Welcome to my amateur radio satellite page!
By using amateur radio satellites as voice repeater, it is possible to contact fellow satellite operators in nearby countries (such as Japan, Malaysia, Singapore, China, Indonesia, South Korea, and anywhere in the Philippines) using any VHF-UHF-capable transceiver. This article describes how to access some of the amateur radio satellites such as Diwata 2 (PO-101), AO-91, AO-92, IO-86, and SO-50.
During the recent District 1 Pakulo 2019, a local hamfest held in Tagaytay on May 11, 2019, I’ve conducted a live demo of a satellite QSO. From Tagaytay, I’ve worked with the following stations during the AO-91 pass: JS6DRQ (Japan), DU6DKL (Negros), DU2XXA (Baguio), DU4PGS (Catanduanes), 7J1ADJ/JR6 (Japan), and JA6PL (Japan). The demo showcased a satellite repeater’s capability to relay signals and enable two-way communications to any point in the Philippines, as well as nearby countries, using inexpensive ham radio equipment.
Extending a Radio’s Range
Without a clear line-of-sight, a typical VHF-UHF radio equipment with 5W of output power (such as a handheld transceiver) can only reach up to about 3 to 5 km. In an open area where there is a clear signal path between transceivers, the range can easily reach up to 30 to 50 km. To further increase the range, relay stations are used to re-transmit the signal (to another frequency), using a device called a repeater.
A well-placed repeater significantly extends the communication range of a radio equipment. Your signal can be picked up by the repeater and re-transmit it to up to a distance of hundreds of kilometers. Due to high elevation, repeaters installed in mountain peaks allow communication to up to 200 km or perhaps even farther. As you install a repeater in higher locations, the range significantly increase. Baguio, for example, is only 1.4 km above sea level, and yet repeaters placed on its summit are one of the best performing ones. Now imagine placing that repeater in space, at a height of 400 to 600 km! Your handheld transceiver’s could easily reach any point in the country and the whole of South East Asia!
Repeaters in Space
Other than capturing photos and monitoring conditions in space, satellites can also be equipped with a repeater module! Satellites with an on-board amateur radio equipment are referred to as Orbiting Satellites Carrying Amateur Radio (OSCAR). The first orbiting repeater called OSCAR 1 was launched in the 1960s (just 4 years after the first satellite, Sputnik). Recently, the Philippines has built and launched Diwata 2, its first microsatellite with amateur radio on board, designated as Philippines OSCAR-101 (PO-101)
Accessing Satellite Repeaters
Satellite repeaters are no different to a regular terrestrial repeater used by your ham radio group, except that they are in space! Like any other repeater, there is a pair of frequency to use: one for transmitting (TX) and one for receiving (RX). In satellite repeaters, the TX frequency is called the uplink, while the RX frequency is called the downlink. Most satellite repeaters require an inaudible access tone played at the beginning of a transmission (it acts like a pass key). Only transmissions carrying the correct access tone will be picked up and relayed by the satellite repeater. This helps prevent the satellite from “repeating” unintended transmissions on its uplink frequency.
There are a number of satellites that are accessible to anyone with an amateur radio license. The easiest satellites are the following, with corresponding info on uplink and downlink frequencies, as well as the required tone for repeater access.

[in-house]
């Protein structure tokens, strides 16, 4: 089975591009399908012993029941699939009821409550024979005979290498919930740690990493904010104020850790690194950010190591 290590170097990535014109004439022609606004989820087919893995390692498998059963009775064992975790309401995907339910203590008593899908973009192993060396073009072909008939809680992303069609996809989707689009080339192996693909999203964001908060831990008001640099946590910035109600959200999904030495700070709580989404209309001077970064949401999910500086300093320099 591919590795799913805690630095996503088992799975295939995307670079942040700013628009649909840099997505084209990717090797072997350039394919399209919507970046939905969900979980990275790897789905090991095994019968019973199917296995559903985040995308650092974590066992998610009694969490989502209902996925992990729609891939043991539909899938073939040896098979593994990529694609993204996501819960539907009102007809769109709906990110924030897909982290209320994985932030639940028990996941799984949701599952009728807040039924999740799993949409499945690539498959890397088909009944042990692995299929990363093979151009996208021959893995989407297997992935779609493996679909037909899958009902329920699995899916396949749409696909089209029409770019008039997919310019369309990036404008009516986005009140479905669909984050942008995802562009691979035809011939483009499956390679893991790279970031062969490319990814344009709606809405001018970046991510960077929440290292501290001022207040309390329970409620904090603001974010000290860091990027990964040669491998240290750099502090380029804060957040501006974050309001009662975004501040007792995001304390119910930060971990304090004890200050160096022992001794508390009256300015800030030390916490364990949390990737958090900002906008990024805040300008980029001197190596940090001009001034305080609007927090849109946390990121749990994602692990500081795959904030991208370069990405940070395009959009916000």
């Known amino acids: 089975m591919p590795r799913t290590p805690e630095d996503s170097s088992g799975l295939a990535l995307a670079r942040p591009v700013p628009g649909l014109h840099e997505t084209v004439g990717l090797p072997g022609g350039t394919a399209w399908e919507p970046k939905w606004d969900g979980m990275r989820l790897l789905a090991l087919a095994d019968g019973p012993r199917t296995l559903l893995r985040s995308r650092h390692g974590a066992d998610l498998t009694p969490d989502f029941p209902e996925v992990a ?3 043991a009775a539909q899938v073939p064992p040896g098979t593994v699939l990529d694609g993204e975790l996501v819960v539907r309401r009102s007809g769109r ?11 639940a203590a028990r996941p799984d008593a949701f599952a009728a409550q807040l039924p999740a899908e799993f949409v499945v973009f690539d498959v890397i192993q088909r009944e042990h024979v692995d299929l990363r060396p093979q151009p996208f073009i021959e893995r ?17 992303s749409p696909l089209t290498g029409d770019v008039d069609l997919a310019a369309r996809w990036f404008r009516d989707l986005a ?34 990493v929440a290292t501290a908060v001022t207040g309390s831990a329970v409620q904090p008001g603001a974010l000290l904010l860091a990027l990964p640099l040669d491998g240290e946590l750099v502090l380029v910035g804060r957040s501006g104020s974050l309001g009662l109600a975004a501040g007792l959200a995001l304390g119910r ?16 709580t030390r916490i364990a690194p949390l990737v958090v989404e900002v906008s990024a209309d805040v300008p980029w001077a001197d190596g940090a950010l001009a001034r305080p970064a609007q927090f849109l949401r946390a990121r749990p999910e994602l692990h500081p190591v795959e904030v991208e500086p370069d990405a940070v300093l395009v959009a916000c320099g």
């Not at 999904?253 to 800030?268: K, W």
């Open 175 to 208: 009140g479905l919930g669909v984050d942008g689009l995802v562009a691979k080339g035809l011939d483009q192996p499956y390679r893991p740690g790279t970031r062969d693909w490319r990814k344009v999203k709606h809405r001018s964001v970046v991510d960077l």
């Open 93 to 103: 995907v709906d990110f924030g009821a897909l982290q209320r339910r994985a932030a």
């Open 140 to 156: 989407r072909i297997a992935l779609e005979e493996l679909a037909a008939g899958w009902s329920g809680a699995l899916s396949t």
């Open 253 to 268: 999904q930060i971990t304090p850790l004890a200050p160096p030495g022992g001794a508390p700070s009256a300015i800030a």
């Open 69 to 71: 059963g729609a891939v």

|Tone||Power Required (Minimum)||
License Required (Philippines)
|FOX-1B||AO-91||435.250 MHz||145.960 MHz||(none)||5 W||Class B|
|FOX-1D||AO-92||435.350 MHz||145.880 MHz||67.0 Hz||5 W||Class B|
|LAPAN A2||IO-86||145.880 MHz||435.880 MHz||88.5 Hz||5 W||Class C|
|Saudi OSCAR 50||SO-50||145.850 MHz||436.795 MHz||67.0 Hz||5 W||Class C|
|DIWATA 2||PO-101||437.500 MHz||145.900 MHz||141.3 Hz||5 W||Class B|
With a VHF-UHF capable transceiver, key in the correct uplink and downlink frequencies, as well as the correct tone. Wait for a satellite to pass in your vicinity (consult this page for a schedule of passes or use an smart phone app such as AmsatDroid). As the satellite reaches its closest approach, you may now hear its downlink signal. Listen first to check activity, then transmit and state your call sign. If successful, other stations monitoring the satellites will likely hear and answer your call. You may have a 2-3 minutes of successful contact, and with an upgraded antenna and radio equipment, it can last up to 10 minutes. Expect to hear foreign call signs (Japan, Malaysia, China, Singapore, etc.)
Any portable radio will work, especially for overhead passes, but in order to improve signal transmission and reception, external antennas must be used. You can use any antenna, but the ones that work best are the directional types (Yagi-Uda for example). To view the antenna I use to communicate via satellites, head directly to My Satellite Antenna.
Making a QSO via Satellite
Here’s a demonstration on how I used an FT60 with power of 5W to access Diwata 2 satellite during its testing phase. In the video, I have successfully made contact with stations in Pangasinan and in Okinawa, Japan, from Sta. Rosa, Laguna. Notice how I tracked the satellite using a home-brewed antenna.
Satellite communications continue to be an exciting hobby. I hope this overview has inspired to give it a try and learn another way of enjoying amateur radio! In my future posts, I will discuss in detail how to build a simple satellite antenna to greatly increase your chances of accessing the satellites.
4I1AWN (Anthony Urbano)
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